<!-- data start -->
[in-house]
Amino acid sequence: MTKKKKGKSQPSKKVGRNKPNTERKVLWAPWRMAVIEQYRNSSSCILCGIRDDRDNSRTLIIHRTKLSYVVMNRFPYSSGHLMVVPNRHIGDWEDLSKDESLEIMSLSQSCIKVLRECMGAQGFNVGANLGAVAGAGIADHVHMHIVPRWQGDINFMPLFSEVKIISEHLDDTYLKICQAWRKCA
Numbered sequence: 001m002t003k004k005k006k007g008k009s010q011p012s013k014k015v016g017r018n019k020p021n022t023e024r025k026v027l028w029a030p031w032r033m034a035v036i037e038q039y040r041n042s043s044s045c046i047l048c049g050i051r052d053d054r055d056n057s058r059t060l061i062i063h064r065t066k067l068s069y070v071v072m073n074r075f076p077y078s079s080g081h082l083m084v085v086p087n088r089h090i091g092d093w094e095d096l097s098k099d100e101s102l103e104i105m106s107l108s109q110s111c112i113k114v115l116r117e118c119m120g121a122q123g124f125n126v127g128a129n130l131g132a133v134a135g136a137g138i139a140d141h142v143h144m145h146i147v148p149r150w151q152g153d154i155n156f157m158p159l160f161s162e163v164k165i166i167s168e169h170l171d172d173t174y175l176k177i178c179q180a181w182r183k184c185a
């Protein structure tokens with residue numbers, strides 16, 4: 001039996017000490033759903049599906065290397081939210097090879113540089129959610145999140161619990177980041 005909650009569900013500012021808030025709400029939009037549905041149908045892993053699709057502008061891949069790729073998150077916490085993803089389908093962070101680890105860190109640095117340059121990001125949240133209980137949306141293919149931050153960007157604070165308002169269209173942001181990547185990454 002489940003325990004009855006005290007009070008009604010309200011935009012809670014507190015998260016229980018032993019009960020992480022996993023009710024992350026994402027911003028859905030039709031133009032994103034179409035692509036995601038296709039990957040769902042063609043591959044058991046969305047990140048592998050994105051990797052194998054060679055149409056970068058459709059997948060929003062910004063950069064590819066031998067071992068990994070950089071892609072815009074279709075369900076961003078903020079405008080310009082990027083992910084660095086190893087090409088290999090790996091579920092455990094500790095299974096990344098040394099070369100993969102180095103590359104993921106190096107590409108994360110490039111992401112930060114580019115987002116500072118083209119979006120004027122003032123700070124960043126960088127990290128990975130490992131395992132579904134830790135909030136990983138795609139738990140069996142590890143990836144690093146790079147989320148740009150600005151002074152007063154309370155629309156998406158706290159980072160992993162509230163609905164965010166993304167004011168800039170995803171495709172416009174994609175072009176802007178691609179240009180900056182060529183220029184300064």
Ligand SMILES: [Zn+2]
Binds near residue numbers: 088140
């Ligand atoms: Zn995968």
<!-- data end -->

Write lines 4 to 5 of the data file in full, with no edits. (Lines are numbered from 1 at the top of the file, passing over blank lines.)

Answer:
């Protein structure tokens with residue numbers, strides 16, 4: 001039996017000490033759903049599906065290397081939210097090879113540089129959610145999140161619990177980041 005909650009569900013500012021808030025709400029939009037549905041149908045892993053699709057502008061891949069790729073998150077916490085993803089389908093962070101680890105860190109640095117340059121990001125949240133209980137949306141293919149931050153960007157604070165308002169269209173942001181990547185990454 002489940003325990004009855006005290007009070008009604010309200011935009012809670014507190015998260016229980018032993019009960020992480022996993023009710024992350026994402027911003028859905030039709031133009032994103034179409035692509036995601038296709039990957040769902042063609043591959044058991046969305047990140048592998050994105051990797052194998054060679055149409056970068058459709059997948060929003062910004063950069064590819066031998067071992068990994070950089071892609072815009074279709075369900076961003078903020079405008080310009082990027083992910084660095086190893087090409088290999090790996091579920092455990094500790095299974096990344098040394099070369100993969102180095103590359104993921106190096107590409108994360110490039111992401112930060114580019115987002116500072118083209119979006120004027122003032123700070124960043126960088127990290128990975130490992131395992132579904134830790135909030136990983138795609139738990140069996142590890143990836144690093146790079147989320148740009150600005151002074152007063154309370155629309156998406158706290159980072160992993162509230163609905164965010166993304167004011168800039170995803171495709172416009174994609175072009176802007178691609179240009180900056182060529183220029184300064």
Ligand SMILES: [Zn+2]